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Building San Francisco's Parks, 1850–1930

In 1865, when San Francisco's Daily Evening Bulletin asked its readers if it were not time for the city to finally establish a public park, residents had only private gardens and small urban squares where they could retreat from urban crowding, noise, and filth. Five short years later, city supervisors approved the creation of Golden Gate Park, the second largest urban park in America. Over the next sixty years, and particularly after 1900, a network of smaller parks and parkways was built, turning San Francisco into one of the nation's greenest cities.

In Building San Francisco's Parks, 1850-1930, Terence Young traces the history of San Francisco's park system, from the earliest city plans, which made no provision for a public park, through the private garden movement of the 1850s and 1860, Frederick Law Olmsted's early involvement in developing a comprehensive parks plan, the design and construction of Golden Gate Park, and finally to the expansion of green space in the first third of the twentieth century. Young documents this history in terms of the four social ideals that guided America's urban park advocates and planners in this period: public health, prosperity, social coherence, and democratic equality. He also differentiates between two periods in the history of American park building, each defined by a distinctive attitude towards "improving" nature: the romantic approach, which prevailed from the 1860s to the 1880s, emphasized the beauty of nature, while the rationalistic approach, dominant from the 1880s to the 1920s, saw nature as the best setting for uplifting activities such as athletics and education.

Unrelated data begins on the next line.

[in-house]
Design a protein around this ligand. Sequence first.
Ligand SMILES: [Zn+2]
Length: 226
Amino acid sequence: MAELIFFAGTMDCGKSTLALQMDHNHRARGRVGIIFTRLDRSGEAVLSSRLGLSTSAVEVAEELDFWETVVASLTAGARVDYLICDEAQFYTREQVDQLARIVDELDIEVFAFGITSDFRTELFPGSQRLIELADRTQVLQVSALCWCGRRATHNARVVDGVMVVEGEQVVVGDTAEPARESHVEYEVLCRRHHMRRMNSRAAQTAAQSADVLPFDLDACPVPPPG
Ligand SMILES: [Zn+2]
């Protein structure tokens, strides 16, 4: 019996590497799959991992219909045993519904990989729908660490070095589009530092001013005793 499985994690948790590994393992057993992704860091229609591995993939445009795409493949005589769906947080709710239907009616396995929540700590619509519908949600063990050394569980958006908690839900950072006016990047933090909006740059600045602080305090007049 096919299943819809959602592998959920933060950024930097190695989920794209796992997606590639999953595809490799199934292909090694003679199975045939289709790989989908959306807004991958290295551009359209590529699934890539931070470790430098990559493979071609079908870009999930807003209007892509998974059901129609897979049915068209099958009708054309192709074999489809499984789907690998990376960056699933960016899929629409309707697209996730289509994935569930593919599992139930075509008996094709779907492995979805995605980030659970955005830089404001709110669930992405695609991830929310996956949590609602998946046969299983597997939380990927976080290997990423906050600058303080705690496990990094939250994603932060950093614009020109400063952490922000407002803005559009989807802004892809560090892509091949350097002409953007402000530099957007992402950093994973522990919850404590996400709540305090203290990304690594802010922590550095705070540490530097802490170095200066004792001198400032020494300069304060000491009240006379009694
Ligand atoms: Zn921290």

Building San Francisco's Parks, 1850-1930 maps the political, cultural, and social dimensions of landscape design in urban America and offers new insights into the transformation of San Francisco's physical environment and quality of life through its world-famous park system.

About the Author

Terence Young is an associate professor of geography at California State Polytechnic University, Pomona.


"An excellent study... If anything could possibly improve an outing to Golden Gate Park, a copy of Building San Francisco's Parks looks just the ticket."

- San Francisco Chronicle

"Terence Young's Building San Francisco's Parks is part of a rather impressive Johns Hopkins University Press 'Creating the North American Landscape' series and covers the period of expansion from 1850-1930, tracing park system history and the key individuals responsible for its development."

- Bookwatch

"Young does a splendid job detailing the political intricacies and the physical difficulties in the formation of San Francisco's park system... His distinction between the 'romantic' and the 'rationalist' approaches to the formation of the city's parks is illuminating."

- Newsletter of the San Francisco Museum and Historical Society

"Written in a clear and fluid style... the book contributes a cogent examination of how landscapes are altered, land use conflicts persist, and changing expectations of nature impact park management."

- Elizabeth A. Watson - CRM: Journal of Heritage Stewardship

"Through his engaging account of San Francisco's park system. Young illustrates the dynamic relationship between nature and society and the expectations of parks in urban social and physical planning."

- Laura Lawson - Journal of the American Planning Association